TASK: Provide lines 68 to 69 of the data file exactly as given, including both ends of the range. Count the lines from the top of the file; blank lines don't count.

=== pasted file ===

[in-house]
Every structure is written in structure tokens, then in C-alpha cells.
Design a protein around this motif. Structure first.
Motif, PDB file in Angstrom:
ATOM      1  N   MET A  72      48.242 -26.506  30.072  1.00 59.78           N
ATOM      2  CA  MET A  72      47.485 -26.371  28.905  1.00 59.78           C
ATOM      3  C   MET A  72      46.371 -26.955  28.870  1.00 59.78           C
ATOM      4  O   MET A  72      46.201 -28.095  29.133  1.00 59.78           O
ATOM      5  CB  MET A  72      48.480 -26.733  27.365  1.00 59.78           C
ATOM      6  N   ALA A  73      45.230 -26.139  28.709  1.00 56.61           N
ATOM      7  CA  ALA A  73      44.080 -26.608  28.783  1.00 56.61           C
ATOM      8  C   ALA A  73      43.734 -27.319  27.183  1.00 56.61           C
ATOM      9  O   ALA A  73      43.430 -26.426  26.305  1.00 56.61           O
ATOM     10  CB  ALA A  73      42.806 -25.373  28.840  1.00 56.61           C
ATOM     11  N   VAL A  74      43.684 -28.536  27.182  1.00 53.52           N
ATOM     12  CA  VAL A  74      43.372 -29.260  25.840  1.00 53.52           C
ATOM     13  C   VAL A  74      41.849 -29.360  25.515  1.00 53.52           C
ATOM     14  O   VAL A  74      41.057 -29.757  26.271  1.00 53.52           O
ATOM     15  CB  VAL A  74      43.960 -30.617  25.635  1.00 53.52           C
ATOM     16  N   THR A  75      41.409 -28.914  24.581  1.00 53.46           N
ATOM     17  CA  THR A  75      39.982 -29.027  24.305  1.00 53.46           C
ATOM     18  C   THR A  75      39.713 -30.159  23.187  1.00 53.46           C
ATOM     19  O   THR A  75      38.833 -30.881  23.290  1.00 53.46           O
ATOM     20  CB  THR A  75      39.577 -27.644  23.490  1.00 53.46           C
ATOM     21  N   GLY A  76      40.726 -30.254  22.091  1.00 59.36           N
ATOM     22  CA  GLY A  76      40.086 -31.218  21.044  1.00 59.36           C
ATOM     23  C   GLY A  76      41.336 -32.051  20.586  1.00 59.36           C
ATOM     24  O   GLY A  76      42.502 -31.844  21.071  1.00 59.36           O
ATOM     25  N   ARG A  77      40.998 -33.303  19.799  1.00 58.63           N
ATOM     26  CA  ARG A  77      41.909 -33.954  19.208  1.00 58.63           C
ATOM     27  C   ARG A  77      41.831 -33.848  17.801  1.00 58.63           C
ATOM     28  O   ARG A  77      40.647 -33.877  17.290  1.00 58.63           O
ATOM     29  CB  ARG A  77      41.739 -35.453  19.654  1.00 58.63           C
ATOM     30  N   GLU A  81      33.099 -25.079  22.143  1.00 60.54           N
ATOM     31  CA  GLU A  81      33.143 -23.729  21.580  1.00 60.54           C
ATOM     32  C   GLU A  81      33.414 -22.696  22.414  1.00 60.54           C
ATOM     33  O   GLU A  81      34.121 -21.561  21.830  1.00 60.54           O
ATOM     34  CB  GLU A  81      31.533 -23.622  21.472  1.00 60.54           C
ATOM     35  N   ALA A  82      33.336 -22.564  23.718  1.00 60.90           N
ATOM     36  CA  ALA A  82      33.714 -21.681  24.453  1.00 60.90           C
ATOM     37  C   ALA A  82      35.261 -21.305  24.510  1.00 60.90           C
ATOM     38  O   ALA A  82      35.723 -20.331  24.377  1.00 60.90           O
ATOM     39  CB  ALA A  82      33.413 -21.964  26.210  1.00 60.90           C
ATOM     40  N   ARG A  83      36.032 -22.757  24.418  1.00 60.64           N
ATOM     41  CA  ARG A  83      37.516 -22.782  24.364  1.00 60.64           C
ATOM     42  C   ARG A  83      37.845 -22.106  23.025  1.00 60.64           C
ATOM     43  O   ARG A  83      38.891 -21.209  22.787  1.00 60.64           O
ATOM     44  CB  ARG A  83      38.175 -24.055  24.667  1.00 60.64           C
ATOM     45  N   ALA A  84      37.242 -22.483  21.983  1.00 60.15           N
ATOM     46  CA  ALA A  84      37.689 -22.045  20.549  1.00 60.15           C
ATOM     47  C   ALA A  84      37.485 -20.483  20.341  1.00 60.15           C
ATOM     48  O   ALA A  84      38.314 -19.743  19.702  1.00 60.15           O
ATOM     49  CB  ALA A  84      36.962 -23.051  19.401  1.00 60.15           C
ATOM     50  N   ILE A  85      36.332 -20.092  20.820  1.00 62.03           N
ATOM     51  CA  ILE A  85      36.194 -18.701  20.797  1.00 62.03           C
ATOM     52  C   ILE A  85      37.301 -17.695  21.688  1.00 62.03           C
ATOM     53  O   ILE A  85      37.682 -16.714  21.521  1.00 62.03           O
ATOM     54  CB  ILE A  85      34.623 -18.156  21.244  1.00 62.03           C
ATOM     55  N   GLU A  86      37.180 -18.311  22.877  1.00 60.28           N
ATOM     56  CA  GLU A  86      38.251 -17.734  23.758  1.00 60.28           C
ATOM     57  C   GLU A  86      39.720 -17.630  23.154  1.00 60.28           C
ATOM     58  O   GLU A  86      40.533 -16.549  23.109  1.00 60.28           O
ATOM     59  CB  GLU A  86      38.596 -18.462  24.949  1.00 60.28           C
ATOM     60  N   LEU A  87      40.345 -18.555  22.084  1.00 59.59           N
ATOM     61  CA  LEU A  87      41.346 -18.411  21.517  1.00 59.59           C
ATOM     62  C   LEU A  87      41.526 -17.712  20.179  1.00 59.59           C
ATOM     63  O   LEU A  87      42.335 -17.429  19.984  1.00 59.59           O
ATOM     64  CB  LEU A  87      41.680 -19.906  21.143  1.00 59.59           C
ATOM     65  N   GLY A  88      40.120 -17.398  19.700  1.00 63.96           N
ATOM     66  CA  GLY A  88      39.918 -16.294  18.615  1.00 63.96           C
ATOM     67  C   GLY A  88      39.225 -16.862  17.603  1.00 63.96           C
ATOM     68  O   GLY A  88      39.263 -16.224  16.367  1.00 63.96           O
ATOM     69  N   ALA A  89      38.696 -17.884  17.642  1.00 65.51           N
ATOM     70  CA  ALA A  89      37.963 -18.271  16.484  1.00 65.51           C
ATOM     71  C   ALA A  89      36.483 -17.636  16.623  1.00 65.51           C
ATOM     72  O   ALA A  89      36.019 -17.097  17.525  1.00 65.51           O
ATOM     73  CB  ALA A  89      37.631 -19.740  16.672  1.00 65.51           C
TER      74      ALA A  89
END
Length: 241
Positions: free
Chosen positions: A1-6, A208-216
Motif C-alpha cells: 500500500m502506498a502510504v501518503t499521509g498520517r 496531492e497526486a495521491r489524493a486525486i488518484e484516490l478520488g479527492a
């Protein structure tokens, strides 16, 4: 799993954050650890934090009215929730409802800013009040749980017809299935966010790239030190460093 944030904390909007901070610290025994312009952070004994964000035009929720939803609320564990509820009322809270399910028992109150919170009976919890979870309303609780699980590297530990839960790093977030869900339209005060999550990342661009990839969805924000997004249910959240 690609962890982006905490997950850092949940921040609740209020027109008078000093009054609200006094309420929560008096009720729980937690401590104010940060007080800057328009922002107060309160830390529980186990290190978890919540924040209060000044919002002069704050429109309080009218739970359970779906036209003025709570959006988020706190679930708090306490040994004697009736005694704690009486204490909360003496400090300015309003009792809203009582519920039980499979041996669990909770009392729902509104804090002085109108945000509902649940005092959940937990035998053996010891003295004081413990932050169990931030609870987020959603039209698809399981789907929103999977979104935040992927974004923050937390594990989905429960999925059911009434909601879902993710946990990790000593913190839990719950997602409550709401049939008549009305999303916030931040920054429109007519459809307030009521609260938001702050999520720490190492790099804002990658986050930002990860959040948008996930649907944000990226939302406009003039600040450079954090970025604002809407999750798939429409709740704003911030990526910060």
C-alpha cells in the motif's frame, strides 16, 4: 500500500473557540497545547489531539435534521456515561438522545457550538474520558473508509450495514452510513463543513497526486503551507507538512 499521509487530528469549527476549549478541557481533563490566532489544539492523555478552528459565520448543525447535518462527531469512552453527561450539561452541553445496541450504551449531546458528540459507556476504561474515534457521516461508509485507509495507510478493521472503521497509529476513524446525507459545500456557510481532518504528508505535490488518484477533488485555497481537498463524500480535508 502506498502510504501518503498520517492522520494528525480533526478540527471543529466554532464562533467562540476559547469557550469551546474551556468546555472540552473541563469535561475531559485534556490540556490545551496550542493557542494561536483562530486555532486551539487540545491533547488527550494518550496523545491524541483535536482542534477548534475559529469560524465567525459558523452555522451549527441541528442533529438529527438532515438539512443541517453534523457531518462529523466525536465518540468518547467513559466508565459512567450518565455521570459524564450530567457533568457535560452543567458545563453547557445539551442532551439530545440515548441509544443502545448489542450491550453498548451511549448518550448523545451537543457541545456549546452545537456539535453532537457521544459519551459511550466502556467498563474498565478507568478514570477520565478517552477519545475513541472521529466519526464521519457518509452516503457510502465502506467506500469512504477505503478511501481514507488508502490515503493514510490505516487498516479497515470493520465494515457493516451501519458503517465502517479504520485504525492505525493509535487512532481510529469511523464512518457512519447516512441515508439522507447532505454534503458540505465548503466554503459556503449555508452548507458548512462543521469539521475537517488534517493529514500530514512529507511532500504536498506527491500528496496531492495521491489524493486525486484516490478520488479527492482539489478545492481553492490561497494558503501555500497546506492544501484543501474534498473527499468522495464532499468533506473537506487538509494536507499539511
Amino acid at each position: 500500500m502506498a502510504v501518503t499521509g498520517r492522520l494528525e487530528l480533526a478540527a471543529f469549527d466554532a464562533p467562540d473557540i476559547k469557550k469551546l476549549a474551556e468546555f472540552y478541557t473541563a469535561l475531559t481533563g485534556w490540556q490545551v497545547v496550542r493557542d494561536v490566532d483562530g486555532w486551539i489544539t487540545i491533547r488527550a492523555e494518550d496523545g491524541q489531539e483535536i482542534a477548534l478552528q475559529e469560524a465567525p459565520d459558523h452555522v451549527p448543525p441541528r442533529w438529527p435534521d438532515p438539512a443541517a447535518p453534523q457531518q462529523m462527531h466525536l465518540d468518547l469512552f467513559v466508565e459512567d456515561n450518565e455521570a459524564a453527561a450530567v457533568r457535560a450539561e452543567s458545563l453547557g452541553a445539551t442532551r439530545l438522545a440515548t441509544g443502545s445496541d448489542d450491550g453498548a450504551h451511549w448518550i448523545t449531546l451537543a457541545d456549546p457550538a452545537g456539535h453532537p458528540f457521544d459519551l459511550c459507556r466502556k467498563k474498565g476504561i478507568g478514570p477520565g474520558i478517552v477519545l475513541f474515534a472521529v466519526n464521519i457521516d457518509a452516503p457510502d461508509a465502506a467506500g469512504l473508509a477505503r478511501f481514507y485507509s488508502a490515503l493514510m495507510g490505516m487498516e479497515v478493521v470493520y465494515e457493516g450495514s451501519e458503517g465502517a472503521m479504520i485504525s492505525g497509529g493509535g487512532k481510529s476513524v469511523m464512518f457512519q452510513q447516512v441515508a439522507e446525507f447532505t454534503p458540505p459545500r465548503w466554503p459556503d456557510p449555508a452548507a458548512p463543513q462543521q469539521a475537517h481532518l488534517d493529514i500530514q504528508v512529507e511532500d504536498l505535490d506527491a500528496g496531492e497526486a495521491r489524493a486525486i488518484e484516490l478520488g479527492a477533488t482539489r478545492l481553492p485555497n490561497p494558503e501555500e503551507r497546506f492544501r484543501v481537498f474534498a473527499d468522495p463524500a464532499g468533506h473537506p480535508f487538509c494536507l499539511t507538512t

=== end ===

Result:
ATOM     64  CB  LEU A  87      41.680 -19.906  21.143  1.00 59.59           C
ATOM     65  N   GLY A  88      40.120 -17.398  19.700  1.00 63.96           N